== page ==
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By Sarah C. Threnhauser

Last week, we discussed the turbulence that has taken over the market – and the frame that is shaping the “new normal” in health care (see Get Ready For The New Normal all members). For executives in service provider organizations, finding the competitive advantage in this turbulent market is the strategic question that your organization needs to find a way to answer. This environment requires anticipatory leadership – something I like to look at as “riding the bicycle while building it.”

Last week, at our Executive Leadership Institute, we touched on the issues of strategic positioning and anticipatory leadership during one of our case study sessions. We explored the critical role that General John Buford played on the first day of the Battle of Gettysburg. General Buford’s ability to think strategically and make quick decisions under pressure allowed Union troops the time to gain a foothold at important positions in Gettysburg, and set the stage for the Union’s eventual victory over the confederate army during the battle.

There are two positioning models to consider when looking at both General Buford and your own actionable situations:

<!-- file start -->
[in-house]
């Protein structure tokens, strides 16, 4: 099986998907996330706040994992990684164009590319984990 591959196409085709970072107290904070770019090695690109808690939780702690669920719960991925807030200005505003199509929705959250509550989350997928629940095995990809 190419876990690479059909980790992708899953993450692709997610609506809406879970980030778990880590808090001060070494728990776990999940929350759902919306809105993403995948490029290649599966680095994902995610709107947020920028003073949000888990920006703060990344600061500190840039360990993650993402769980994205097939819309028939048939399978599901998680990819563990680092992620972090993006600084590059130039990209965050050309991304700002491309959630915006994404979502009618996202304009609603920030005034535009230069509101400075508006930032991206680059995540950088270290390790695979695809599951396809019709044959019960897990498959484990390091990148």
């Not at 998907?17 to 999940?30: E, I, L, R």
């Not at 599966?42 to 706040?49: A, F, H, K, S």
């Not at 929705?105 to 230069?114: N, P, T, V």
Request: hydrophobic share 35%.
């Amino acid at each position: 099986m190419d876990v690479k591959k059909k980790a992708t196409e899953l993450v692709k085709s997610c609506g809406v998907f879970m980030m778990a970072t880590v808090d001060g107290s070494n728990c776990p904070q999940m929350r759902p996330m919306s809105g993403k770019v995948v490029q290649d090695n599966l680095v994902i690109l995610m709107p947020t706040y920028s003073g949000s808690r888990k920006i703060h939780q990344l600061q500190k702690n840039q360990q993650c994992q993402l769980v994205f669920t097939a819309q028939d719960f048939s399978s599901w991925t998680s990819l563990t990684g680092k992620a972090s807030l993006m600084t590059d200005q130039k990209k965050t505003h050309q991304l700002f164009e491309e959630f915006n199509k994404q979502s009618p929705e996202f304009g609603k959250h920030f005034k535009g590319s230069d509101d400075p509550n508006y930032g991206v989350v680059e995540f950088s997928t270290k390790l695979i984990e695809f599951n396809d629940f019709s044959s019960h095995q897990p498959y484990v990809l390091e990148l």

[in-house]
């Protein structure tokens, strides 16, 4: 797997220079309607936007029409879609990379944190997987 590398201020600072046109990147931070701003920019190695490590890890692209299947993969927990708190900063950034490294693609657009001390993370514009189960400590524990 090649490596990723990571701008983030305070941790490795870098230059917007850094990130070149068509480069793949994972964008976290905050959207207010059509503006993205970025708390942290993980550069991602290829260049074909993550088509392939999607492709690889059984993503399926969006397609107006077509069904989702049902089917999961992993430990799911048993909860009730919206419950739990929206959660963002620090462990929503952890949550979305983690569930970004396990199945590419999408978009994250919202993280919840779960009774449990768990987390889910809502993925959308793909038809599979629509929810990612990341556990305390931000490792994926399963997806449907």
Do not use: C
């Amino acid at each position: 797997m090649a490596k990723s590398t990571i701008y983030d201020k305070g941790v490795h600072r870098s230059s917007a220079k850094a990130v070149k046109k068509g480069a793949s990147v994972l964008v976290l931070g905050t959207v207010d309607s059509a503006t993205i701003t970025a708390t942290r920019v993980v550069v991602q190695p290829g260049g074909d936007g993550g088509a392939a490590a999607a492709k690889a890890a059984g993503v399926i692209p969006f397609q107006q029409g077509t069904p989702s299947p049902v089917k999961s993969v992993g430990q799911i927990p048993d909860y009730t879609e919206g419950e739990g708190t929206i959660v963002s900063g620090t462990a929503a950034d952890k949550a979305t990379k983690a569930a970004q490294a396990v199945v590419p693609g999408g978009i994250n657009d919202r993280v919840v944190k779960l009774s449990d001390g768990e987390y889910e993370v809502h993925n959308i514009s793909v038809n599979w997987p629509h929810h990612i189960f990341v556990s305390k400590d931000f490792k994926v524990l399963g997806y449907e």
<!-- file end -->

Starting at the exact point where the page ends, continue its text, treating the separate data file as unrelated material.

1. Proactive positioning – This requires you to think ahead and strategically position your organization for that future market. Many executives recognize that there are changes happening in the market, but they choose not to react proactively – either because of sunk cost thinking (Stuck In Sunk Cost Thinking all members), denial that the market changes will affect their organization personally, or a failure to accurately assess the outside threats that will affect their organization. Yes, you can react once change has arrived; but often, if you are reacting, it’s already too late.

  2. Mental positioning – This means that you need to be able to apply your own market intelligence and experience to seemingly reactive tasks. Every day, you make decisions that will, in some way, affect the long-term future of your organization – be sure that you are applying your wide breadth of knowledge to all of these decisions. Your every day decisions need to support your long-term strategic position.

Great leadership, through anticipation, can offset being overmatched in many other areas of business. Riding a bicycle when it isn’t completed is quite a feat to master; but by anticipating what is going to happen next, your organization can make sure that you are following the right path.

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